German musician Mike Erkau started making music forty years ago now! He got involved with multiple projects like Trackologists, Cosmic Noise Crew, Stimulus Response and his own sonic alter-ego The_Empath. Earlier this year Mike Erkau stroke back with the first new studio-album in eight years. “Black Holes” also is the first album released by Audiophob. This opus is a genius composition which is mixing good-old Ambient-Electro together with a more contemporary IDM touch; a kind of retro-futuristic voyage which might appeal for fans of Tangerine Dream and clock dva. I talked with Mike about this The_Empath masterpiece which took some time to get accomplished. This is without a shadow of a doubt one of the best albums from the year.
(Courtesy by Inferno Sound Diaries)
Q: I noticed you started dealing with Electronic music in 1993. What did you keep in mind from your early experiments and compositions and what remains today from the musician you were at that time?
Mike: It is a great challenge to consistently follow your path, to find your own style and to remain true to yourself. Not to lose sight of the big picture. To keep your heart and your antennae open for new things. Curiosity.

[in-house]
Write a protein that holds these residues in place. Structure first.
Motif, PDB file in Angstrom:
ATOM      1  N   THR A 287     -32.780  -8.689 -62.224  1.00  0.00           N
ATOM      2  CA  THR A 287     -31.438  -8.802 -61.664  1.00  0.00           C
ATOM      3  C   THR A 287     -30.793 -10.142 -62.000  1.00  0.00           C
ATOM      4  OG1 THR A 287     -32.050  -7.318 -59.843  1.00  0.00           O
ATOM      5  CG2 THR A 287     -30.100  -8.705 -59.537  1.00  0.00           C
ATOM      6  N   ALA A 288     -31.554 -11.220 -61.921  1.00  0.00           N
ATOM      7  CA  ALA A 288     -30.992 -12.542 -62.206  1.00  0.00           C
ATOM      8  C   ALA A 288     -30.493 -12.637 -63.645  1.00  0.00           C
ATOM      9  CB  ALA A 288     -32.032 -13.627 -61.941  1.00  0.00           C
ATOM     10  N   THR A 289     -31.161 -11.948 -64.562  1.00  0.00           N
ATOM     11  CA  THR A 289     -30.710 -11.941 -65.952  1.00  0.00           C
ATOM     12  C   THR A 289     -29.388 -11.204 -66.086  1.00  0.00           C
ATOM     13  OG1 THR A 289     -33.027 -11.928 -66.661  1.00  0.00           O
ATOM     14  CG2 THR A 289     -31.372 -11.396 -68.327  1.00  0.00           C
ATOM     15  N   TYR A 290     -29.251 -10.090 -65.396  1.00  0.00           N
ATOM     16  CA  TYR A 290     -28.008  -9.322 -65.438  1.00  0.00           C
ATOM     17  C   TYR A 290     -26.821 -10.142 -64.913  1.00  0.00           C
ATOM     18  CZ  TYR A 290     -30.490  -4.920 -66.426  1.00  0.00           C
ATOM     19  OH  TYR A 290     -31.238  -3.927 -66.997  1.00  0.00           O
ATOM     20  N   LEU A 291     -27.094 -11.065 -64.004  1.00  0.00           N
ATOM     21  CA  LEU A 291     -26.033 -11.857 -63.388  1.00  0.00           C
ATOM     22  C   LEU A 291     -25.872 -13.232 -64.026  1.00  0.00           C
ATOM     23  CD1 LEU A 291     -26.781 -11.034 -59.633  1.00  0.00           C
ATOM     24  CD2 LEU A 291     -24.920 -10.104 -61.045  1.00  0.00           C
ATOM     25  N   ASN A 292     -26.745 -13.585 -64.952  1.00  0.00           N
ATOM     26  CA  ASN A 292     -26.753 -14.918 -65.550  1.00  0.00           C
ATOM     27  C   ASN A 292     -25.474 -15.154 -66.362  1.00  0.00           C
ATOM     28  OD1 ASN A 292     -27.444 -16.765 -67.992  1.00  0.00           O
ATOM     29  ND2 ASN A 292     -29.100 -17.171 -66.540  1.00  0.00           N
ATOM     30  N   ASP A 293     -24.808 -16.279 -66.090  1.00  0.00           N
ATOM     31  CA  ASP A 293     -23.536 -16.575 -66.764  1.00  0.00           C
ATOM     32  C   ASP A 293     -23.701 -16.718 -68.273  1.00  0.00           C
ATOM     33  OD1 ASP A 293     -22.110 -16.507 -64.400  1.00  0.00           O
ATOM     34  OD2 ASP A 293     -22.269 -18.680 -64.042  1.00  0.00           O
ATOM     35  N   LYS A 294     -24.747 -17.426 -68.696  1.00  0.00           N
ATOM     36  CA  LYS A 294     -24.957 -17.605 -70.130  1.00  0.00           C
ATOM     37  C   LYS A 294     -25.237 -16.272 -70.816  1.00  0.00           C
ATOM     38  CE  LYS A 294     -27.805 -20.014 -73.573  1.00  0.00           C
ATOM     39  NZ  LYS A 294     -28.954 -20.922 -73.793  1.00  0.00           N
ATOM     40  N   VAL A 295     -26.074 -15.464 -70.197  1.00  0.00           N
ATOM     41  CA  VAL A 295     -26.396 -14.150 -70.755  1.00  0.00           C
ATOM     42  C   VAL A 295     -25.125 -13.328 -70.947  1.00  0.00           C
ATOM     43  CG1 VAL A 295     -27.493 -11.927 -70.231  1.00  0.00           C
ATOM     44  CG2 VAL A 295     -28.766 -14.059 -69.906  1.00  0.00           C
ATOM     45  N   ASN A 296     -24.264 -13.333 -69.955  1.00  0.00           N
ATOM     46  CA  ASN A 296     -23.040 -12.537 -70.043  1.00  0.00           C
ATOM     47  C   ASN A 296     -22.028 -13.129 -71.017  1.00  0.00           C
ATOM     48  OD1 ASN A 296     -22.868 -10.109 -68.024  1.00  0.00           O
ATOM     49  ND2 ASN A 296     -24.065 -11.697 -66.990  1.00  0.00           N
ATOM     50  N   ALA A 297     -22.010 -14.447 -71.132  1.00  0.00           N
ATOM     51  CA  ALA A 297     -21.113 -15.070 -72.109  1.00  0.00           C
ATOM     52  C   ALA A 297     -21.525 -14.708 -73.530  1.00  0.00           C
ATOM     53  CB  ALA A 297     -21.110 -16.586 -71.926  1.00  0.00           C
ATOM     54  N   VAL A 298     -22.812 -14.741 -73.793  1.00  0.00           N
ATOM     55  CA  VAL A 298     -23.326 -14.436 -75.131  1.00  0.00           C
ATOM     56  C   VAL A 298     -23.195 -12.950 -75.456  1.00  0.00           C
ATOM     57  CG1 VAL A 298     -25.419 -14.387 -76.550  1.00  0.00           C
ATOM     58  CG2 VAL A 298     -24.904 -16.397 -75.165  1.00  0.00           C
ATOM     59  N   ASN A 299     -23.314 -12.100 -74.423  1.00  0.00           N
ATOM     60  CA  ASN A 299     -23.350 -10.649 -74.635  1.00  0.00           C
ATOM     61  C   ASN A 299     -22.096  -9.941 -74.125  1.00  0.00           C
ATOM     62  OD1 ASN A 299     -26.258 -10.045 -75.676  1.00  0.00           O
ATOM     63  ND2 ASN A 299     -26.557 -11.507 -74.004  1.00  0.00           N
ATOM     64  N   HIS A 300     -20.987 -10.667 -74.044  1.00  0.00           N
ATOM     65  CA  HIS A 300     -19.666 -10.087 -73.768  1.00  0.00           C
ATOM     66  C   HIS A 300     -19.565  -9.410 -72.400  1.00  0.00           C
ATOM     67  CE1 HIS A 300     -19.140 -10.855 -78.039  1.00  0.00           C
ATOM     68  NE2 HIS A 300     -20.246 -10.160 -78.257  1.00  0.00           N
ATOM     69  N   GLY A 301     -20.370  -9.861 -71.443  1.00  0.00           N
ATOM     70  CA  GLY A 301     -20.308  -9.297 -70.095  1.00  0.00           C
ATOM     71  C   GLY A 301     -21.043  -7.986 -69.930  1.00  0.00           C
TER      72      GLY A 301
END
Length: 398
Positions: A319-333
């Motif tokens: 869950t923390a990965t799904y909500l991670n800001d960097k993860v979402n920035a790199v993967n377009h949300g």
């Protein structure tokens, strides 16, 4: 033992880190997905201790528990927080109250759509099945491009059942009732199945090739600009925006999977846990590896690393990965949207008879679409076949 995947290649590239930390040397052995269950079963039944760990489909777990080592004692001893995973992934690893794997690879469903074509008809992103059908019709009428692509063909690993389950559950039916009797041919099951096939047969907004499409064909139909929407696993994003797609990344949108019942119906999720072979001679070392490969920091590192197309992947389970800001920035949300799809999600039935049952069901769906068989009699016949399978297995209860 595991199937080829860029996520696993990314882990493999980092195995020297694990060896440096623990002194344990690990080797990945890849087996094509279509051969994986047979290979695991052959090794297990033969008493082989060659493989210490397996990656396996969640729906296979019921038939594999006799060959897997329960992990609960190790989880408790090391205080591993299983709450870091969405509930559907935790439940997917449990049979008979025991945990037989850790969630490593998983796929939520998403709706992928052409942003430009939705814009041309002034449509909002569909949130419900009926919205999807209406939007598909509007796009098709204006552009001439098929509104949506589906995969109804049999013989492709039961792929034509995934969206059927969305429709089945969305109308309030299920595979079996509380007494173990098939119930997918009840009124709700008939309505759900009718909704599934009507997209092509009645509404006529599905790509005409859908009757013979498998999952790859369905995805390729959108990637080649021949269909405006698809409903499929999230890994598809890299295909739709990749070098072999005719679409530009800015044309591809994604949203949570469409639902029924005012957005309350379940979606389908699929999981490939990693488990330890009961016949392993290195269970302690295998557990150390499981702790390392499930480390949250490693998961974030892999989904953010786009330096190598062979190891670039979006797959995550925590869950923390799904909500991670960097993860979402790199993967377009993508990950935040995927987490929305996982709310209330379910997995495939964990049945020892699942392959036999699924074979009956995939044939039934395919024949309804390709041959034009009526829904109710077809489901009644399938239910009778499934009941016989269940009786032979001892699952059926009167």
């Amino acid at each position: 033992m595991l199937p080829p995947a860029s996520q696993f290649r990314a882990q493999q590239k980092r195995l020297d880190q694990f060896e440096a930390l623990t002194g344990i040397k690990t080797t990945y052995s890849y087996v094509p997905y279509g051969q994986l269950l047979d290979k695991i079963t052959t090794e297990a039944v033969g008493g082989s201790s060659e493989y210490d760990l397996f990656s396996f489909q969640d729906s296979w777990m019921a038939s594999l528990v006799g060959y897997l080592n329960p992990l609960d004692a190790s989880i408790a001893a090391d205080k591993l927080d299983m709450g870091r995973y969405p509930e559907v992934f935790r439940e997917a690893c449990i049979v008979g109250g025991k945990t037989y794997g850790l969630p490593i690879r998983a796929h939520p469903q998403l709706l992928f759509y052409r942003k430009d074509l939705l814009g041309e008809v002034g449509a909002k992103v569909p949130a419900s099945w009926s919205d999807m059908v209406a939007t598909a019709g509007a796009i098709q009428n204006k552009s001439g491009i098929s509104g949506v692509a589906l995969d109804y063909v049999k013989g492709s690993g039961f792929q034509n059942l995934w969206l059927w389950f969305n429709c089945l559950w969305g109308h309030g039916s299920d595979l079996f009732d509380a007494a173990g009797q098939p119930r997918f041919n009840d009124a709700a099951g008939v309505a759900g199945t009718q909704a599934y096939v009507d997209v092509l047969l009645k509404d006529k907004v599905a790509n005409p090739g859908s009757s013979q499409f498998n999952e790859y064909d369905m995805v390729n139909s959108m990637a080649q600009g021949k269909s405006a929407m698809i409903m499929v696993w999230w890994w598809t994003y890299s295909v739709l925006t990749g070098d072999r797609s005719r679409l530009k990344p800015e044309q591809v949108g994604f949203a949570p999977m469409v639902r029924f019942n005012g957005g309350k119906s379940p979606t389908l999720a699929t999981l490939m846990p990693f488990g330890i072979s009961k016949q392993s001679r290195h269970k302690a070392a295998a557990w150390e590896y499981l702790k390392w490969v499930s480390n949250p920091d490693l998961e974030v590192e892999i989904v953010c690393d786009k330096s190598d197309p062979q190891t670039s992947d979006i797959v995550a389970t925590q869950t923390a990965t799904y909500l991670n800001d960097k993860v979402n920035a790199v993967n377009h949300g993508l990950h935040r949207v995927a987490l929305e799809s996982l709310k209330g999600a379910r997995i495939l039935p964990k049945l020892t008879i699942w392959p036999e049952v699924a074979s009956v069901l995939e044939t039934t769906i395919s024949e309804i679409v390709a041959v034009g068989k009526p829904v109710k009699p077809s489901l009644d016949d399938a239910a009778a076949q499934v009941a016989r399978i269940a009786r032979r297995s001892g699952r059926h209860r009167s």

To think outside the box. To be inspired across all genre boundaries. It’s like picking flowers away from the mainstream. Searching for sounds and musical structures that touch something somewhere deep inside yourself. Playing around, recreating, adapting, taking apart, picking apart, recombining to find out what it does to you, and what it might do to others. To share with soulmates and walk a path together. Taking perspectives, approaches into your own toolbox. Learning and getting better. That’s exciting.
I see music as the perfect catalyst for any emotion, both positive and negative. In doing so, the balance should always point in the positive direction, because that generates the necessary energy for my musical journey. It’s an ongoing process.
Q: I read your newest The_Empathalbum “Black Hole” took you a while to achieve. Can you give us more details about the concept and composition of the album? What did you try to express?
Mike: The original idea for “Black Hole” came up back in 2016. At various festivals I heard some musicians whose music appealed to me a lot, and I felt like trying out collaborations with them.